‘Nadeshiko’ buzzword of year, 3/11 terms next

by Minoru Matsutani

Staff Writer

“Nadeshiko Japan,” the nickname of the women’s national soccer team, has been awarded a high-profile prize for being the No. 1 buzzword of the year.

A selection panel of U-can Inc., an education and career support company, every year chooses 10 buzzwords for the U-can Shingo Ryukogo Taisho prizes.

Five of this year’s top 10 words are related to the March 11 quake-tsunami disaster.

The soccer team became a national sensation when it scored its stunning triumph in the World Cup in Germany in July, providing hope and vitality as the country struggles to recover from the devastation of the triple whammy in March from the earthquake, tsunami and nuclear crisis.

The disaster-related phrases that generated the most buzz are “kizuna” (human bonds), “kitaku nanmin” (“refugees” who can’t get home) “kodama de shouka?” (is that just an echo?), “3.11″ and “fuhyohigai” (harm caused by unfounded rumors).

Kizuna came in for repeated use by people and the media to emphasize the importance of human sympathy and relationships in helping survivors of the monster disaster.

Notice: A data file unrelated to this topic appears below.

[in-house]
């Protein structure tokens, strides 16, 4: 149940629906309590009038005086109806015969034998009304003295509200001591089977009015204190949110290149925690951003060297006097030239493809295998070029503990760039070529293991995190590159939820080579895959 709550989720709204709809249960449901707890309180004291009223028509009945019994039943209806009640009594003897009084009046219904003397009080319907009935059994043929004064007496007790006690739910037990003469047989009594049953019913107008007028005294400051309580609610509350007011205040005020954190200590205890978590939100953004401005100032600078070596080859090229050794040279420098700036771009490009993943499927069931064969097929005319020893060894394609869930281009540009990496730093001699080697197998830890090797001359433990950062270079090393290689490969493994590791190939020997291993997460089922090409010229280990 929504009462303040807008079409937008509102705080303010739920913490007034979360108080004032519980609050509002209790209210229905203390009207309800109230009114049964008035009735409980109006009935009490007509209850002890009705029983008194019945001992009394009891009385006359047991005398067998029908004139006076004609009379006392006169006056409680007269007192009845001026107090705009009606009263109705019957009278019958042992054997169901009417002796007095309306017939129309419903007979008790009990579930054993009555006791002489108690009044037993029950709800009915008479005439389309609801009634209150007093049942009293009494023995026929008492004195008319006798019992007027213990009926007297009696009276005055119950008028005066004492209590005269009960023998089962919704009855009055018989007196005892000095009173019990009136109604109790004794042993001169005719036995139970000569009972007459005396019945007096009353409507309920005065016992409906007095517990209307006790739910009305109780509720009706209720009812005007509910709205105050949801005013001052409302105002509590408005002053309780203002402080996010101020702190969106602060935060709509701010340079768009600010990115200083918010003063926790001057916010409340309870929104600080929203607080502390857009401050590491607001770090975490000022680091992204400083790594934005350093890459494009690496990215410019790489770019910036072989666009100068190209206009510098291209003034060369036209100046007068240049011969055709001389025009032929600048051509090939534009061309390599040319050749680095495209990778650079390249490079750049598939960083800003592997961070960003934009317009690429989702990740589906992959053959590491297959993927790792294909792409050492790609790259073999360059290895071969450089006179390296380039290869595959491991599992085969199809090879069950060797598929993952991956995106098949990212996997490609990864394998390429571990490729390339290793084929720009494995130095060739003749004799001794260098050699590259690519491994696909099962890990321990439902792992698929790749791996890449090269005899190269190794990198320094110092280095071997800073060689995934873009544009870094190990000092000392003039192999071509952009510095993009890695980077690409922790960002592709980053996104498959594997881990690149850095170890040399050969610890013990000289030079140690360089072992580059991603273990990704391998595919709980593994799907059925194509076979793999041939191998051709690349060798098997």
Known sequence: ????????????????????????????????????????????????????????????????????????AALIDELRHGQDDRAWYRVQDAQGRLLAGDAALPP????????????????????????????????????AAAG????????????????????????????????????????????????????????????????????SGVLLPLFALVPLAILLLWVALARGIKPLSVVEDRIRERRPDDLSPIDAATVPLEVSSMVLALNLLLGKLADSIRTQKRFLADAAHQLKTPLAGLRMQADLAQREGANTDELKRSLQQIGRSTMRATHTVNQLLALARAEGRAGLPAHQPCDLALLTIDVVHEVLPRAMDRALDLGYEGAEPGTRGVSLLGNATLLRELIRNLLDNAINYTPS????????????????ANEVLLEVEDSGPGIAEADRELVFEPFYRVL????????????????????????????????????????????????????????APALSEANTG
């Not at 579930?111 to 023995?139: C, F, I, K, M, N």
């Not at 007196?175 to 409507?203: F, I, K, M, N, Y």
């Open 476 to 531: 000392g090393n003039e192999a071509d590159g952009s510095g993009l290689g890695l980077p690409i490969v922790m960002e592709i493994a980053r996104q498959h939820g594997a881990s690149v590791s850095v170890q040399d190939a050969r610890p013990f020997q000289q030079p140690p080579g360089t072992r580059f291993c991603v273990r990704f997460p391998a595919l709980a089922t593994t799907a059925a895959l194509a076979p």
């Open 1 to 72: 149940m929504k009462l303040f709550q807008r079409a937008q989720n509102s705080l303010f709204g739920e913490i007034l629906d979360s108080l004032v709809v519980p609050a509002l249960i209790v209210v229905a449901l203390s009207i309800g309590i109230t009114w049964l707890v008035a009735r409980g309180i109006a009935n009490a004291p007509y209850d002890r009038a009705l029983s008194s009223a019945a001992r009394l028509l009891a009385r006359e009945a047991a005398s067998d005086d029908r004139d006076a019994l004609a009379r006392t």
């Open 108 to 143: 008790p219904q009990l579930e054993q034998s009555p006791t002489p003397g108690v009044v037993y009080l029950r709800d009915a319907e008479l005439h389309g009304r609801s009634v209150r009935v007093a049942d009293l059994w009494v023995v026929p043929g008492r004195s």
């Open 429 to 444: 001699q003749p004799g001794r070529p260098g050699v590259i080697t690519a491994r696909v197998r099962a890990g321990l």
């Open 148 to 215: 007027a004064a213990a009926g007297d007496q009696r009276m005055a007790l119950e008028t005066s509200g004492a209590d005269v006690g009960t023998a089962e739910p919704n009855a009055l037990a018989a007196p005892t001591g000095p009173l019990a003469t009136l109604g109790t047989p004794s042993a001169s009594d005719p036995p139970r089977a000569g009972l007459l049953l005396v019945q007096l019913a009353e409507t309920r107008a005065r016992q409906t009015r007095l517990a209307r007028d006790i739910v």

Kitaku nanmin refers to people who have difficulty going home due to transportation disruptions after a natural disaster.

Kodama de shouka is a phrase from a poem by poet Misuzu Kaneko that was used in a public service commercial by the Advertising Council of Japan. The ad was aired numerous times after the disaster to say that people respond with kindness when treated kindly by others, in repetition.

Fuhyohigai has been often used to refer to severe financial damage farmers and fishermen suffered due to public fears of radiation from the Fukushima No. 1 plant.

The selection committee didn’t rank the nine words after Nadeshiko Japan, which received massive media coverage this year. No Japanese national team, male or female, had before been crowned world champion by FIFA.

Nadeshiko is a flower unique to Japan, and the word is often used to describe beautiful and strong Japanese women.

Other words making the top list included “suma-ho,” an abbreviation of smartphone and “dojo naikaku” (loach Cabinet), a nickname for the Cabinet of Prime Minister Yoshihiko Noda. A loach is considered ugly and humble.

Winner “Doya-gao” refers to a facial expression of a self-satisfied person, a term often used by Kansai comedians to make fun of people putting on airs.

“Rabu chunyu” (love injection) is a popular nonsense phrase used by gay comic Tanoshingo, who utters this when he makes his signature gesture of forming a heart shape with his fingers.